Feds Admit (Finally): Immigration Dangerous. So Why Not Cut It Off?

With the

Supreme Court
ruling [Demore v. Kim,

PDF
] last week that legal immigrants may be

held without bail
pending deportation proceedings
and Attorney General John Ashcroft

claiming
that illegal immigrants can be

held without bail,
the situation for immigrants in
this country is not quite as rosy as it used to be.

Nevertheless, the federal
government still has managed to miss the point of the
very measures it is now imposing.

That point is that, if mass
immigration is really a threat to national security, it
needs to be ended.

Like many people, some government
officials seem to understand only part of this concept.
The New York Times last week quoted the general
counsel for the Justice Department, Kris Kobach, on the
progress of government-required registration of
immigrants from terrorist-supporting countries.
[Fearful, Angry or Confused, Muslim Immigrants Register
,  By
Rachel L. Swarns With Christopher Drew, NYT April
25, 2003,

Pay archive
;

Indymedia version
]


"I regard this as a
great success,"

beamed Mr. Kobach.
"Sept. 11

awakened
the country to the fact that weak
immigration enforcement presents a huge vulnerability
that terrorists can exploit."

Well, in the first place, "the
country"
understands and has long understood the
dangers of mass immigration and especially of illegal
immigration, as

poll
after

poll
has shown for years; it`s not the country that
failed to understand this truth but the government
itself, which has consistently (and largely
deliberately) refused to

enforce
existing immigration laws adequately or to
pass

new laws.

But in the second place, a tip of
the hat to Mr. Kobach for a brilliant but obvious
insight that immigration reformers have been trying to
explain to the government for

decades
.

Nevertheless, if he gets the
premise, he manages to miss the logical conclusion:
terminate immigration. As

James Burnham
used to

say
, “Who says A must say B.”

Mr. Kobach was quoted in the
context of a story about the trials and tribulations of
the immigrants who are registering (or not registering)
and the government officials who are carrying out the
program. Since October the government has been
registering immigrants from various

Arabic
countries as well as immigrants from anywhere
if they seem "suspicious."

Since December, the feds have
registered immigrants living in this country from some
25 countries believed to support or "tolerate"
terrorism. So far, they have registered 130,000 male
immigrants and nabbed 11 suspected terrorists and more
than 800 criminal suspects and deportable convicts as
well as a whopping 9,000 illegal aliens.

That`s all terrific. Only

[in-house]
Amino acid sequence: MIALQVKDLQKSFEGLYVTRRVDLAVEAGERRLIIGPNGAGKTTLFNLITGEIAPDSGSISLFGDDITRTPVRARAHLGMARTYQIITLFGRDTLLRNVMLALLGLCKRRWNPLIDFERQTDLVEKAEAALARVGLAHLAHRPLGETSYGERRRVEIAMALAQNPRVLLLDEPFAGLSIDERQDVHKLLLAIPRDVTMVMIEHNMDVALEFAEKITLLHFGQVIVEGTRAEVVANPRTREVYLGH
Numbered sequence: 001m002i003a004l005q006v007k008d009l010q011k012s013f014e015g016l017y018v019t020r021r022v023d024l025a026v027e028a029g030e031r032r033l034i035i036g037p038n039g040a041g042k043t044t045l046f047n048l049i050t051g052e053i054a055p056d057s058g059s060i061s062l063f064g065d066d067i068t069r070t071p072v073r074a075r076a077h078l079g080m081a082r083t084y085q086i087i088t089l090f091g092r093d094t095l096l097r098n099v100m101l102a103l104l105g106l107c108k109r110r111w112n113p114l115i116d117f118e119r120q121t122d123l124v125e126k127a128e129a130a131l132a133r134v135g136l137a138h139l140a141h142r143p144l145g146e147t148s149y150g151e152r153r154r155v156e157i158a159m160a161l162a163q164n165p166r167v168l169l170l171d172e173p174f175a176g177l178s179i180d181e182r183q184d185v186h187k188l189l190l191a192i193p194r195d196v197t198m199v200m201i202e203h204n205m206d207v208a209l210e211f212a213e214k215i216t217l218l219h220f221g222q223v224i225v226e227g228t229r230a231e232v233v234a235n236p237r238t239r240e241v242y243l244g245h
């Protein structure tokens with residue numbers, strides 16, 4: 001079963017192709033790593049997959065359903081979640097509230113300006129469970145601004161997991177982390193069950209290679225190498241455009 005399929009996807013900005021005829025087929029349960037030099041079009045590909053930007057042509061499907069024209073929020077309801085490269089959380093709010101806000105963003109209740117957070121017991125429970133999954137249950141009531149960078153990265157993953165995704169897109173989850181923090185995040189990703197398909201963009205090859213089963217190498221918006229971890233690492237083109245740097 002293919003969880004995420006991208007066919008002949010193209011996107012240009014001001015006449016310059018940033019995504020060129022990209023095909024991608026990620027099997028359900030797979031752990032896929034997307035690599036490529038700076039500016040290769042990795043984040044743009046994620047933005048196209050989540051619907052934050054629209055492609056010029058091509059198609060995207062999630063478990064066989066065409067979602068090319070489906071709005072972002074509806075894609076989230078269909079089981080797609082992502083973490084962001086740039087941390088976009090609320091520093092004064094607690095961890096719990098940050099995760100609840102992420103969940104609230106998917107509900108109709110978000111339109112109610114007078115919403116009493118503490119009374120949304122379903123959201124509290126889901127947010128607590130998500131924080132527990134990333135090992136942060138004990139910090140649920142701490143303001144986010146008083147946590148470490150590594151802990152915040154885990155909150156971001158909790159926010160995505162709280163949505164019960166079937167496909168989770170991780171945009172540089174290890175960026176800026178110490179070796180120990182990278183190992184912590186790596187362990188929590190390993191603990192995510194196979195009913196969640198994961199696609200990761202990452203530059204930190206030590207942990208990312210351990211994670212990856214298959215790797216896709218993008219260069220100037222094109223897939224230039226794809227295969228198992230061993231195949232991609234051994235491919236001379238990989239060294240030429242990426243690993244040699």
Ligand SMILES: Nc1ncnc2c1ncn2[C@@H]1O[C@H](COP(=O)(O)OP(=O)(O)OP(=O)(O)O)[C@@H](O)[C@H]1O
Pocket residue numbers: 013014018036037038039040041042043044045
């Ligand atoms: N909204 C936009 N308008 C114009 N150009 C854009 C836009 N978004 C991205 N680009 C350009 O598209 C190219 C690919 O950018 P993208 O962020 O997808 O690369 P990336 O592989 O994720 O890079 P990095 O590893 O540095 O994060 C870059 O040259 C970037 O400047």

10,991,000 illegal aliens to go.

The latter figure points out the
absurdity of the whole program, for all the "great
success" that Mr. Kobach declares. The figures alone
tell us—again—what immigration reformers have been
saying for years—that

mass immigration
imports thousands of criminals,
convicts,

terrorists
,

subversives
, and general

deadbeats
, especially when the government doesn`t
enforce the immigration laws.

It is impossible for the government
(or any government) to police or track this vast
population adequately.

To accomplish its immense quest to
register immigrants, the government, as the Times
reports, "has shifted staff from different
departments to focus on the program,"
but even that
desperate effort has not prevented all sorts of
predictable problems that rightly make law-abiding
immigrants upset: "confused and inconsistent
officials who sometimes denied them their right to legal
representation and, in rarer instances, mistaken arrests
and detention in filthy, overcrowded cells."

To the immigrants, that sort of
treatment is unusual and grounds for anger. To most
Americans, of course, it`s what we`ve come to

expect
of

our own government
.

The government`s response is to
claim that such errors are "inevitable," and so
they probably are.

When you don`t enforce the

immigration laws
you already have and refuse to
enact and enforce new ones and your country attracts
millions of immigrants,

legal and not,
over the years, then of course when
you eventually wake up and start trying to figure out
who and how many have

invaded
your country and to register them, it`s
"inevitable"
there will be problems.

Yet it will probably take another
few decades to persuade the federal government of the
equally obvious insight that even all its Herculean
efforts to register all the immigrants it can find is
not what is needed to protect the country, let alone to
figure out that immigrants from Arabic countries are not
the only ones who may be involved in

terrorism
or

crime
.

What the government has done since
the Sept. 11 attacks to

screen
[PDF] and

register
suspicious immigrants is all well and good
and may actually have served to prevent terrorist
attacks as well as some common crimes.

But it also is slow, cumbersome,
inherently inefficient, sometimes just plain unjust, and
ultimately impossible.

Wouldn`t it make a lot more sense,
if we all agree with Mr. Kobach that "that weak
immigration enforcement presents a huge

vulnerability
that terrorists can exploit,"
to
say B and halt immigration entirely?

COPYRIGHT

CREATORS SYNDICATE, INC.

[Sam Francis [email
him] is a nationally syndicated columnist. A selection
of his columns,

America Extinguished: Mass Immigration And The
Disintegration Of American Culture
, is now available
from


Americans For Immigration Control
.]